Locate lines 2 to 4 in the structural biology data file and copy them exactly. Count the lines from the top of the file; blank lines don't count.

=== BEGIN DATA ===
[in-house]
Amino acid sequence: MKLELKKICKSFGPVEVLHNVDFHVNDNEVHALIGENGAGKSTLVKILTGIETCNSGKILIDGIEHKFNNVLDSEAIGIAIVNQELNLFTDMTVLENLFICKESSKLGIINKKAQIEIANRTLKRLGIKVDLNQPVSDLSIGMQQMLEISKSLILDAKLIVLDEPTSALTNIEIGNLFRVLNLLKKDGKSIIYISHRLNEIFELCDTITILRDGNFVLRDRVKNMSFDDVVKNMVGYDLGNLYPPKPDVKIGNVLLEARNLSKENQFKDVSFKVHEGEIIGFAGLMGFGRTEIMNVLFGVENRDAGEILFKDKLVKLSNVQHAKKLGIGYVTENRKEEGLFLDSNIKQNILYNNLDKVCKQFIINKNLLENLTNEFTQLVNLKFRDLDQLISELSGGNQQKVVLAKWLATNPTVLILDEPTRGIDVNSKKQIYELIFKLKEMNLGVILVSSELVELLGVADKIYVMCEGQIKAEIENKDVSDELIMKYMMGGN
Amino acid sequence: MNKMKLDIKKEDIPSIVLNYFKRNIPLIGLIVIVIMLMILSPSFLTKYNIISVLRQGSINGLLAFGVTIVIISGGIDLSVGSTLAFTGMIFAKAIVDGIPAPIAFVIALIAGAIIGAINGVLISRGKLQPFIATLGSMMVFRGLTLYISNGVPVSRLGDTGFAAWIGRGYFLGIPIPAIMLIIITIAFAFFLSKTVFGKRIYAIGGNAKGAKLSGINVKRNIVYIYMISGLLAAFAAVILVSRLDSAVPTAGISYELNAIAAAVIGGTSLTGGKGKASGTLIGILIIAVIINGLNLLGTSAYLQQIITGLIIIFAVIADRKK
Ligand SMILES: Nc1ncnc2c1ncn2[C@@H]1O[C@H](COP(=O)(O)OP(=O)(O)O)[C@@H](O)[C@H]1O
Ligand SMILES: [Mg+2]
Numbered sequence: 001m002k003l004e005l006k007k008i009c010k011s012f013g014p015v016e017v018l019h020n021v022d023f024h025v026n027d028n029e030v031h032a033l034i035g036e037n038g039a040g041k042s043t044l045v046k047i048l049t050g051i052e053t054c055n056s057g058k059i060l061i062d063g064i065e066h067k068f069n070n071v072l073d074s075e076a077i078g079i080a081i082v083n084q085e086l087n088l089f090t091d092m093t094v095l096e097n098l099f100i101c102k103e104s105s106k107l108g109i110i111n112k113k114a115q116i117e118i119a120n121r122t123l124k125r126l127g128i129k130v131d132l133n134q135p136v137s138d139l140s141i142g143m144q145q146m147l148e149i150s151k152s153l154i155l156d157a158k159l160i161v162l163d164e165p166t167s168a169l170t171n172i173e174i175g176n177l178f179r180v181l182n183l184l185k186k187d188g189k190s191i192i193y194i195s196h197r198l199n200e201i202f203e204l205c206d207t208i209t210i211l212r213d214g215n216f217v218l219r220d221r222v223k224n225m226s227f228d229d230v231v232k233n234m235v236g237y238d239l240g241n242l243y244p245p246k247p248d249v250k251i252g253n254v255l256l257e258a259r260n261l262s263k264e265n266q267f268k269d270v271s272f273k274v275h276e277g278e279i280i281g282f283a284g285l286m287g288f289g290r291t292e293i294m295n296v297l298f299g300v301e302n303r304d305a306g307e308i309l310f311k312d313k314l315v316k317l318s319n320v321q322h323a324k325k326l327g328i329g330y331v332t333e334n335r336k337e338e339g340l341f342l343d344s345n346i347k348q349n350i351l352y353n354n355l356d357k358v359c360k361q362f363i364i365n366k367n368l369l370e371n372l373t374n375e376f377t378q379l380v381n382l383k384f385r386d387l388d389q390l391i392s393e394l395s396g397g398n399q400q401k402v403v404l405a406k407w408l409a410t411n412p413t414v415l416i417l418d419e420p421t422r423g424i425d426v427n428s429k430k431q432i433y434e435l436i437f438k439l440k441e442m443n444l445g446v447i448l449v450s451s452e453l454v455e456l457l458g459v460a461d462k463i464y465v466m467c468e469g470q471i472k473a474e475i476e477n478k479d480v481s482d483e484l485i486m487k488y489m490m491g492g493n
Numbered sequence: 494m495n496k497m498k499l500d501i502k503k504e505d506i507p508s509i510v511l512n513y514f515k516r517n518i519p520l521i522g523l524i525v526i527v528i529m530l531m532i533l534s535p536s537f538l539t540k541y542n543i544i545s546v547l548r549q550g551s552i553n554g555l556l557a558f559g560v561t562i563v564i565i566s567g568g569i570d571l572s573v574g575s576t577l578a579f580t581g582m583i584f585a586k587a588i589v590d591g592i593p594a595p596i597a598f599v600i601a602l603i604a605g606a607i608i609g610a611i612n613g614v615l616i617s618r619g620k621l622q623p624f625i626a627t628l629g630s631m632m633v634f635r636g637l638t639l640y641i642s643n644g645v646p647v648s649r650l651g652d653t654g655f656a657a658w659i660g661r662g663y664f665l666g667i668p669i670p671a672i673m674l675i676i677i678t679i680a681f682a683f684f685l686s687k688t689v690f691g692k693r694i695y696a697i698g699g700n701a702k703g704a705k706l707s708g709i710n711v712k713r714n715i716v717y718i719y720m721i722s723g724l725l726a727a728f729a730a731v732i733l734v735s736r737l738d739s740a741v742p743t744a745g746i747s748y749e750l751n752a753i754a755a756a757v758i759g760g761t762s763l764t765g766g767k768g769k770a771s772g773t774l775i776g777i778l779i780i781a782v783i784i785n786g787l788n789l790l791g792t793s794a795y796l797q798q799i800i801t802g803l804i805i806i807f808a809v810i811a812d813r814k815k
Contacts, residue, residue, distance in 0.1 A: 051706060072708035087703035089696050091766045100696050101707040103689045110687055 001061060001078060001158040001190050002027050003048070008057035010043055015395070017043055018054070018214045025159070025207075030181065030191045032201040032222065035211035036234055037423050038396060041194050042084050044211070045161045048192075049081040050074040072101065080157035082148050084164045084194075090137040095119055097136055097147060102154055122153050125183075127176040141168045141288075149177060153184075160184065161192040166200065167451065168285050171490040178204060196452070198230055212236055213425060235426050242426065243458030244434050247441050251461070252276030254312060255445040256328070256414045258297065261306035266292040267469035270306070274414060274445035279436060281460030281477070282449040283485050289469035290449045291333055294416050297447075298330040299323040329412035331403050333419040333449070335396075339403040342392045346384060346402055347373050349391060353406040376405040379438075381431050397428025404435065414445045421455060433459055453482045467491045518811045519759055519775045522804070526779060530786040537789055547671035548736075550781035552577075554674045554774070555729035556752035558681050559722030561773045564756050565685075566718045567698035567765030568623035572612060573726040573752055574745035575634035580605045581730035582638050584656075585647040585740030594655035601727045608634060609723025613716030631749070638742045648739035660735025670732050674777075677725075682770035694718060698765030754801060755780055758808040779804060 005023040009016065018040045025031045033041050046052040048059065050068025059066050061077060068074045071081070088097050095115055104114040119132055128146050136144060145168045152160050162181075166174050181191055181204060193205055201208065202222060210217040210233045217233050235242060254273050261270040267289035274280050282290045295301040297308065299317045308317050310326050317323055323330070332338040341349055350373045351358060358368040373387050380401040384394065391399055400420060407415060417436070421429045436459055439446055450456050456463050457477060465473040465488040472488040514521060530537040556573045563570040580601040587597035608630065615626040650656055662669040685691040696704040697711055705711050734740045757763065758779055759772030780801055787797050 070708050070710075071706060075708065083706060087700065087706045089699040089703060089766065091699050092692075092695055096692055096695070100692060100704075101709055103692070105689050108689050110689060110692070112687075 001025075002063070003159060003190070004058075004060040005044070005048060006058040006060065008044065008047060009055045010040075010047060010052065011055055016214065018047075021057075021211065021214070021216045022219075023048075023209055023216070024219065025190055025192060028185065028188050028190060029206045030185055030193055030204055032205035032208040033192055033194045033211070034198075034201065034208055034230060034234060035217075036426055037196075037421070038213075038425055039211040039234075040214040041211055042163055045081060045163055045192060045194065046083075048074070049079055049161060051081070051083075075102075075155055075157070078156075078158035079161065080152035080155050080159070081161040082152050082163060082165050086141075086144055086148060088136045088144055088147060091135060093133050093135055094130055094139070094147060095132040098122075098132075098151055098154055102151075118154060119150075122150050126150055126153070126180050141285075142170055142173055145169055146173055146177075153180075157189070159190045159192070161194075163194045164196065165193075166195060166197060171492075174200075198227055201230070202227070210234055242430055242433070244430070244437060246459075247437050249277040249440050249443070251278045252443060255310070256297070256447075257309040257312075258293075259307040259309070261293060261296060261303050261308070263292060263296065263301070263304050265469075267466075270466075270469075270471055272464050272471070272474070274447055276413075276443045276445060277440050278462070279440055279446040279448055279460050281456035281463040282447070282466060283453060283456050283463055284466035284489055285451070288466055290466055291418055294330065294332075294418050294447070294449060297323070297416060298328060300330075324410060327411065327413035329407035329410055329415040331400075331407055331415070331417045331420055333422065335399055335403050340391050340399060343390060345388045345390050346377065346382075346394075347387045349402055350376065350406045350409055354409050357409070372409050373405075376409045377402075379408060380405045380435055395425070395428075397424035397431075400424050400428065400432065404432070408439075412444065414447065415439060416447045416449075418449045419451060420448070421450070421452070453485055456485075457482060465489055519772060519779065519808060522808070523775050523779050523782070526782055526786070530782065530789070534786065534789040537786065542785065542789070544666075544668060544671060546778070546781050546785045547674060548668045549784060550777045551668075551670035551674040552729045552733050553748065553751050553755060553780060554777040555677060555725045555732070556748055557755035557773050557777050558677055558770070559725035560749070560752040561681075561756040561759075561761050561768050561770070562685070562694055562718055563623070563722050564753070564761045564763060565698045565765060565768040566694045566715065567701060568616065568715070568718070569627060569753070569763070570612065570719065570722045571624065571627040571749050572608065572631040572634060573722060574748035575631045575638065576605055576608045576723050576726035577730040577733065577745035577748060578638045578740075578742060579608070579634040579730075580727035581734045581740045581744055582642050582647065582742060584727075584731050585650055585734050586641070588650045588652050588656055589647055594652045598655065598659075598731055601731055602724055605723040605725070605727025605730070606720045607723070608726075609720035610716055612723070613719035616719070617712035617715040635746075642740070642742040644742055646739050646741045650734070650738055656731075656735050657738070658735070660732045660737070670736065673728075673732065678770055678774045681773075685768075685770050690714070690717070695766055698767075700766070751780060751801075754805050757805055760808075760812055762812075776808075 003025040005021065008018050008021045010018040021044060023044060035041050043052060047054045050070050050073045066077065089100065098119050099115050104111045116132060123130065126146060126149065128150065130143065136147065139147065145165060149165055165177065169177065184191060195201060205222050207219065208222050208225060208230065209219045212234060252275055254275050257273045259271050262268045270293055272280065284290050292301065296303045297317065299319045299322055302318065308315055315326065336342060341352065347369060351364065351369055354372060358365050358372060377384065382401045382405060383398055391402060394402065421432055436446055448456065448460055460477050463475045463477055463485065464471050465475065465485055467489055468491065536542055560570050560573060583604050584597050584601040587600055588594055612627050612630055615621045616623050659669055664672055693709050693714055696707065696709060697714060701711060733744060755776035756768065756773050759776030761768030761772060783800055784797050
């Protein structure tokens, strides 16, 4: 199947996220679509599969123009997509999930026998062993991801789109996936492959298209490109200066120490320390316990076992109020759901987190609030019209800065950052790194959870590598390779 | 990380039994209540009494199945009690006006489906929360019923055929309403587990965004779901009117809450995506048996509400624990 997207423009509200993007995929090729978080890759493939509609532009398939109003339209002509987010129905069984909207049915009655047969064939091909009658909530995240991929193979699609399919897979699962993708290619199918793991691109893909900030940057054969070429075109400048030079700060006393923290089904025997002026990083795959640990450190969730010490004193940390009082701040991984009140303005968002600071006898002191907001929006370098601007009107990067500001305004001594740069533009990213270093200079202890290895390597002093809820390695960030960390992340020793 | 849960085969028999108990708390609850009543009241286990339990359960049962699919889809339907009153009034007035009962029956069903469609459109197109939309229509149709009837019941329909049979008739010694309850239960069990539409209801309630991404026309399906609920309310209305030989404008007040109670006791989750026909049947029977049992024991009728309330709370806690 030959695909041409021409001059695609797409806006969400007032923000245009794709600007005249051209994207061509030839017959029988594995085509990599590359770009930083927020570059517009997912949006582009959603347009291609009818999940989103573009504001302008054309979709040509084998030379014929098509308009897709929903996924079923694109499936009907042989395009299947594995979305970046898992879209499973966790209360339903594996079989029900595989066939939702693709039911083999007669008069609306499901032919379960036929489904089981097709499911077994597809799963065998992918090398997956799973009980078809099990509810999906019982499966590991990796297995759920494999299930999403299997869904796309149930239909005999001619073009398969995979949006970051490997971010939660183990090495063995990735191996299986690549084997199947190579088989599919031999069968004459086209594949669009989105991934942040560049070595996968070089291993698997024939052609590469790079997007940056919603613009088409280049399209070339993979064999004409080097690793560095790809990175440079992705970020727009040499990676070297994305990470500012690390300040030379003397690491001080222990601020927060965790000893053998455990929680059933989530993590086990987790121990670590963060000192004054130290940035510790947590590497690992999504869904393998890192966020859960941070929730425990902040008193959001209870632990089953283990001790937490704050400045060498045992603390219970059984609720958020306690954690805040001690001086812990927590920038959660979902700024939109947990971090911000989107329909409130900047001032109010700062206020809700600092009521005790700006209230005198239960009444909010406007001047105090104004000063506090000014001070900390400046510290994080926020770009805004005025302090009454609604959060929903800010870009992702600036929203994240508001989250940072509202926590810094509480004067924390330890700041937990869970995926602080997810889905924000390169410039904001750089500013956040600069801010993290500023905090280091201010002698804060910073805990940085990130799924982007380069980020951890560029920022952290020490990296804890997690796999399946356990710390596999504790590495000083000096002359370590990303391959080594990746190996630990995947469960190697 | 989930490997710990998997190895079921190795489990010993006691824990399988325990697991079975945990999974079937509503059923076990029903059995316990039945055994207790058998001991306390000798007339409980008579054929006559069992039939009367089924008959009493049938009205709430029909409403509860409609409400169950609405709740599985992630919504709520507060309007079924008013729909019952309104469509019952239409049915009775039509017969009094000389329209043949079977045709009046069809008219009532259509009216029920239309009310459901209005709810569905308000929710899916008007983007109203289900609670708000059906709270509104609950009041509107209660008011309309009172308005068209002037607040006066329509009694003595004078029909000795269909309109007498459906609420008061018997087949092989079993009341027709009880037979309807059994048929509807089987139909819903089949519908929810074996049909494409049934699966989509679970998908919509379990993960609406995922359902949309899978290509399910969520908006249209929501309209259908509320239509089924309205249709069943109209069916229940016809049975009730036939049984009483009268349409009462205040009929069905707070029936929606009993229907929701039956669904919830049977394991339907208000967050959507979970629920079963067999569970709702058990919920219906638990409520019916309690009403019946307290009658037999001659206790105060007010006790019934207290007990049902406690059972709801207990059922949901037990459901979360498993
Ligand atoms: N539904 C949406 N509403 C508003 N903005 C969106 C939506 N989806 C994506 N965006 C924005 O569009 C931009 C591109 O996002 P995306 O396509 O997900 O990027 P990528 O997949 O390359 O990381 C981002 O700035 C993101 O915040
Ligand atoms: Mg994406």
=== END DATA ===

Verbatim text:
Amino acid sequence: MKLELKKICKSFGPVEVLHNVDFHVNDNEVHALIGENGAGKSTLVKILTGIETCNSGKILIDGIEHKFNNVLDSEAIGIAIVNQELNLFTDMTVLENLFICKESSKLGIINKKAQIEIANRTLKRLGIKVDLNQPVSDLSIGMQQMLEISKSLILDAKLIVLDEPTSALTNIEIGNLFRVLNLLKKDGKSIIYISHRLNEIFELCDTITILRDGNFVLRDRVKNMSFDDVVKNMVGYDLGNLYPPKPDVKIGNVLLEARNLSKENQFKDVSFKVHEGEIIGFAGLMGFGRTEIMNVLFGVENRDAGEILFKDKLVKLSNVQHAKKLGIGYVTENRKEEGLFLDSNIKQNILYNNLDKVCKQFIINKNLLENLTNEFTQLVNLKFRDLDQLISELSGGNQQKVVLAKWLATNPTVLILDEPTRGIDVNSKKQIYELIFKLKEMNLGVILVSSELVELLGVADKIYVMCEGQIKAEIENKDVSDELIMKYMMGGN
Amino acid sequence: MNKMKLDIKKEDIPSIVLNYFKRNIPLIGLIVIVIMLMILSPSFLTKYNIISVLRQGSINGLLAFGVTIVIISGGIDLSVGSTLAFTGMIFAKAIVDGIPAPIAFVIALIAGAIIGAINGVLISRGKLQPFIATLGSMMVFRGLTLYISNGVPVSRLGDTGFAAWIGRGYFLGIPIPAIMLIIITIAFAFFLSKTVFGKRIYAIGGNAKGAKLSGINVKRNIVYIYMISGLLAAFAAVILVSRLDSAVPTAGISYELNAIAAAVIGGTSLTGGKGKASGTLIGILIIAVIINGLNLLGTSAYLQQIITGLIIIFAVIADRKK
Ligand SMILES: Nc1ncnc2c1ncn2[C@@H]1O[C@H](COP(=O)(O)OP(=O)(O)O)[C@@H](O)[C@H]1O